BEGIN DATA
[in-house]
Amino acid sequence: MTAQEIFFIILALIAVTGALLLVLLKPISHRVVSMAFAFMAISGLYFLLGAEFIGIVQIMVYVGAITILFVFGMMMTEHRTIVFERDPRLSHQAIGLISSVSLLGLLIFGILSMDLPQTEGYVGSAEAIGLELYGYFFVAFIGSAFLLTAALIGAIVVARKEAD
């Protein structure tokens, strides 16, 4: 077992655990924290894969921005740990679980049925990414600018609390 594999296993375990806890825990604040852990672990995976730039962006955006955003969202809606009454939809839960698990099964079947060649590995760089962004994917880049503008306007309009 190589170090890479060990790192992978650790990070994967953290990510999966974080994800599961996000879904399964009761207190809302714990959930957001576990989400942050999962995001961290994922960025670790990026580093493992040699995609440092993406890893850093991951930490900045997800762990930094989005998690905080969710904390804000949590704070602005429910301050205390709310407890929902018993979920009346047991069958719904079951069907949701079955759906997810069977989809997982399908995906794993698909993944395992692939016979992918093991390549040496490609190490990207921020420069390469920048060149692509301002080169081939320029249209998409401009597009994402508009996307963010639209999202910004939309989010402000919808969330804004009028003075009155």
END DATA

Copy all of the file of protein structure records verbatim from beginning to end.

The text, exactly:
[in-house]
Amino acid sequence: MTAQEIFFIILALIAVTGALLLVLLKPISHRVVSMAFAFMAISGLYFLLGAEFIGIVQIMVYVGAITILFVFGMMMTEHRTIVFERDPRLSHQAIGLISSVSLLGLLIFGILSMDLPQTEGYVGSAEAIGLELYGYFFVAFIGSAFLLTAALIGAIVVARKEAD
């Protein structure tokens, strides 16, 4: 077992655990924290894969921005740990679980049925990414600018609390 594999296993375990806890825990604040852990672990995976730039962006955006955003969202809606009454939809839960698990099964079947060649590995760089962004994917880049503008306007309009 190589170090890479060990790192992978650790990070994967953290990510999966974080994800599961996000879904399964009761207190809302714990959930957001576990989400942050999962995001961290994922960025670790990026580093493992040699995609440092993406890893850093991951930490900045997800762990930094989005998690905080969710904390804000949590704070602005429910301050205390709310407890929902018993979920009346047991069958719904079951069907949701079955759906997810069977989809997982399908995906794993698909993944395992692939016979992918093991390549040496490609190490990207921020420069390469920048060149692509301002080169081939320029249209998409401009597009994402508009996307963010639209999202910004939309989010402000919808969330804004009028003075009155």